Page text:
He hasn’t had a relapse in more than a year and regularly participates in a treatment program to keep him in check. Here, a court might conclude that although dad does suffer from alcoholism, the disease is under control and he poses no danger to the children.
Since there is no actual danger to the children from dad, the court awards joint custody and equal parenting time.
Let’s use the same facts as the first example except for this one Dad has had multiple relapses in the last two years and has even been arrested for public intoxication, although he was not in the presence of the children at the time.
The children have never been harmed while in Dad’s care. Dad is open about his alcoholism, but swears he has it under control and agrees to go into a treatment program again.
He claims he never drinks when caring for the kids and there is no reason not to give him equal parenting rights in the divorce.
Mom claims she has had to call the police multiple times because Dad was drunk at home and she was concerned about the kids, but she never filed for a restraining order against Dad and there was never a subsequent court proceeding.
In this situation, a court might say that Dad’s disease is not under control and therefore there is a legitimate concern regarding the safety of the children when they are in his care.
The evidence of his recent relapses along with that of his arrest is enough for a court to award joint legal custody but primary physical custody to Mom, until Dad can prove he has been sober for a period of time and regularly participates in a treatment program that includes progress reports sent directly to the Judge for review.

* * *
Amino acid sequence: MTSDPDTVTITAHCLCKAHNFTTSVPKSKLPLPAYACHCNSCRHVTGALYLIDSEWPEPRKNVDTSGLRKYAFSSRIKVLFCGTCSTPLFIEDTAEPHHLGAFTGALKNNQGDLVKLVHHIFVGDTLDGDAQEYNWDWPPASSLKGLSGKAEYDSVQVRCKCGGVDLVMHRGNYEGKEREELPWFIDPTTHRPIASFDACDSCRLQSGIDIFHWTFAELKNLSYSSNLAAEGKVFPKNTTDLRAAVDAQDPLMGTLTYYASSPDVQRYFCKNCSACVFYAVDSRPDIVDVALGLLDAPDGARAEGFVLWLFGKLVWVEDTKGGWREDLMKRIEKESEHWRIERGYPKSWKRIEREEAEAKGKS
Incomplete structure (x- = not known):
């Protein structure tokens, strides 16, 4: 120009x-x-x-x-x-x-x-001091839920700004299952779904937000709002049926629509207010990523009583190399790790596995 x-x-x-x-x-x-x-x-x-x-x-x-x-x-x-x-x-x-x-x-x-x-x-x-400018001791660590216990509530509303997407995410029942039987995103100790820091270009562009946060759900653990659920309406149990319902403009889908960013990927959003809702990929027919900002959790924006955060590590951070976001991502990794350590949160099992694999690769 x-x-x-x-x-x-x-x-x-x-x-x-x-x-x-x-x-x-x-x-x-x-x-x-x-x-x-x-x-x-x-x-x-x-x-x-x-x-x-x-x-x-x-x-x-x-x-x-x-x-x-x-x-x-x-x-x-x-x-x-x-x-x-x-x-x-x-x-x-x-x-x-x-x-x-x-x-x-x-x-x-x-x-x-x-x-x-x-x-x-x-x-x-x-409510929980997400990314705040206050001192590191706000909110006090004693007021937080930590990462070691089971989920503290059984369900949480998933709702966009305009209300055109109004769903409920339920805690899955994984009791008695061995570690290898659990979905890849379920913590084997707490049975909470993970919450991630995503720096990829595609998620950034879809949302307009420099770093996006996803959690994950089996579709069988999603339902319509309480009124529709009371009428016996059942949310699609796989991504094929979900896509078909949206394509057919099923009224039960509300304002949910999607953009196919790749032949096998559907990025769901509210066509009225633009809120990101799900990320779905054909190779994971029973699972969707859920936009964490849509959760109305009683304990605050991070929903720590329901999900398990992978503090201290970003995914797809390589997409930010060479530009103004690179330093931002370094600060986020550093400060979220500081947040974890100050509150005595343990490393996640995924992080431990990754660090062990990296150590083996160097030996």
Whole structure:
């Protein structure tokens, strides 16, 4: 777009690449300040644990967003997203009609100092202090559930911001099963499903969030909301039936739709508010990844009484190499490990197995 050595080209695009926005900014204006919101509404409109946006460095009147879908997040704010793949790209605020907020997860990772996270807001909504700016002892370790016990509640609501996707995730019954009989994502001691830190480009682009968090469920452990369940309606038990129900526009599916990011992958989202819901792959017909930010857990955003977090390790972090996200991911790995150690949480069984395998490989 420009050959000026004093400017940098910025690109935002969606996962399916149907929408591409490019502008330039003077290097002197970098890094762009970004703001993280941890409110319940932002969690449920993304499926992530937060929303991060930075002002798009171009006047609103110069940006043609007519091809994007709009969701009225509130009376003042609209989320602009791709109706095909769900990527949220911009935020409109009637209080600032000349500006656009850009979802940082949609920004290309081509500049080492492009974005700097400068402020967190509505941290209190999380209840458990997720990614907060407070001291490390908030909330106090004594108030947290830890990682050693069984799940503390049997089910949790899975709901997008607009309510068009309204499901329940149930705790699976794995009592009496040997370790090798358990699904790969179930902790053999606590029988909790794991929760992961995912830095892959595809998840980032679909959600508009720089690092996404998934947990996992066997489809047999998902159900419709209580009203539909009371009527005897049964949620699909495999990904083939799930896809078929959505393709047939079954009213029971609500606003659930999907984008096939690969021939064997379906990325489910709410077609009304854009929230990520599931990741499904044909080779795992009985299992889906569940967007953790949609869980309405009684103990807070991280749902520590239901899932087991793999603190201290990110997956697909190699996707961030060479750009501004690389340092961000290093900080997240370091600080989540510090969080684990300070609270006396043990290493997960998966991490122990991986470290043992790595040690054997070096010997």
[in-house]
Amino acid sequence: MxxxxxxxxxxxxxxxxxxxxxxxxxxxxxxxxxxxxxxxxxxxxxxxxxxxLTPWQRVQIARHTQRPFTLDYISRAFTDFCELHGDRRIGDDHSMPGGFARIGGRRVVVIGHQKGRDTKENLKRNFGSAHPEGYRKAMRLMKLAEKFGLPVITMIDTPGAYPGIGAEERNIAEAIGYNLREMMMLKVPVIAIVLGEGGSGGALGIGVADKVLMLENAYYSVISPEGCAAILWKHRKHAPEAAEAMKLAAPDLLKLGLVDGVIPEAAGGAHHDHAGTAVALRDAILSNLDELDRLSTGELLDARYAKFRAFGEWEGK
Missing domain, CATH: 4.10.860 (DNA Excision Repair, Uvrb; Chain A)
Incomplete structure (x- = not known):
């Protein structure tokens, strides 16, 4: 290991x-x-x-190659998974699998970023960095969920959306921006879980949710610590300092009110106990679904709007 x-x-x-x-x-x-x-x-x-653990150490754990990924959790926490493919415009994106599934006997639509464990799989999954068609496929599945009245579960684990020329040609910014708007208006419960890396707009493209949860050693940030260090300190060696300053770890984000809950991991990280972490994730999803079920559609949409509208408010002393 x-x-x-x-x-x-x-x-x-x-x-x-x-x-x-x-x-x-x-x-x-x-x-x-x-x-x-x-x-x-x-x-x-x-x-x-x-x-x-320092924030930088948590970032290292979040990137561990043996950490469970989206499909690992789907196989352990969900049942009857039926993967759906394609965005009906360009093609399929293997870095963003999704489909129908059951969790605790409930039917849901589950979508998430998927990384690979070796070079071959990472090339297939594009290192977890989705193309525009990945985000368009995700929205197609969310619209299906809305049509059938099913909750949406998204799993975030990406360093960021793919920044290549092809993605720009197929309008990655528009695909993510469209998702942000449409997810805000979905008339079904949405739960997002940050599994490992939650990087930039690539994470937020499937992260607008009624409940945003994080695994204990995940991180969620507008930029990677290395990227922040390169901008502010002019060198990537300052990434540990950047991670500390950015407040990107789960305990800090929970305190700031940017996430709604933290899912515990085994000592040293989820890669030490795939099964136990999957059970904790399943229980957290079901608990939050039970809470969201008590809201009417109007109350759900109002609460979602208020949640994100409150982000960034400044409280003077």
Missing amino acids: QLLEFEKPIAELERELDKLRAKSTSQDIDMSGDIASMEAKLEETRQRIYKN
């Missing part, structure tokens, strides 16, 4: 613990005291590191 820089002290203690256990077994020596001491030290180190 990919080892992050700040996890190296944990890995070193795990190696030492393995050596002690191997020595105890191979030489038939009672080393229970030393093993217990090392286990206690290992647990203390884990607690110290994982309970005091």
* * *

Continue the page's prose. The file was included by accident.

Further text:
The court might be so concerned about the children’s safety that it even orders supervised parenting time with Dad and alcohol monitoring to ensure the children are safe when in his presence.
So What Does This Mean?
The court shouldn’t punish a parent by taking away custody or parenting time because that parent suffers from a disease. However, if that disease might put the children in harm’s way, or call into question the parent’s ability to care for them, that may be enough to limit parenting time and/or award sole custody to the other parent.
With alcoholism, it all depends on how the parent with the disease is controlling it and managing his or her life. If the parent can prove that they have not had drank in a long time, participate in a treatment program, and have never put the children in danger because of the disease, alcoholism should not be a reason to restrict parenting time.
However, like in Example 2, if the parent suffering from alcoholism is shown to not have it under control and there is enough evidence to question the children’s safety while in the parent’s care, a court has enough to revoke or limit custody and parenting time until the disease does not put the children in danger.
There is no one-size-fits-all rule when it comes to a parent suffering from alcoholism. As with most things when it comes to divorce, every case is different and the facts will affect that particular family’s custody arrangement.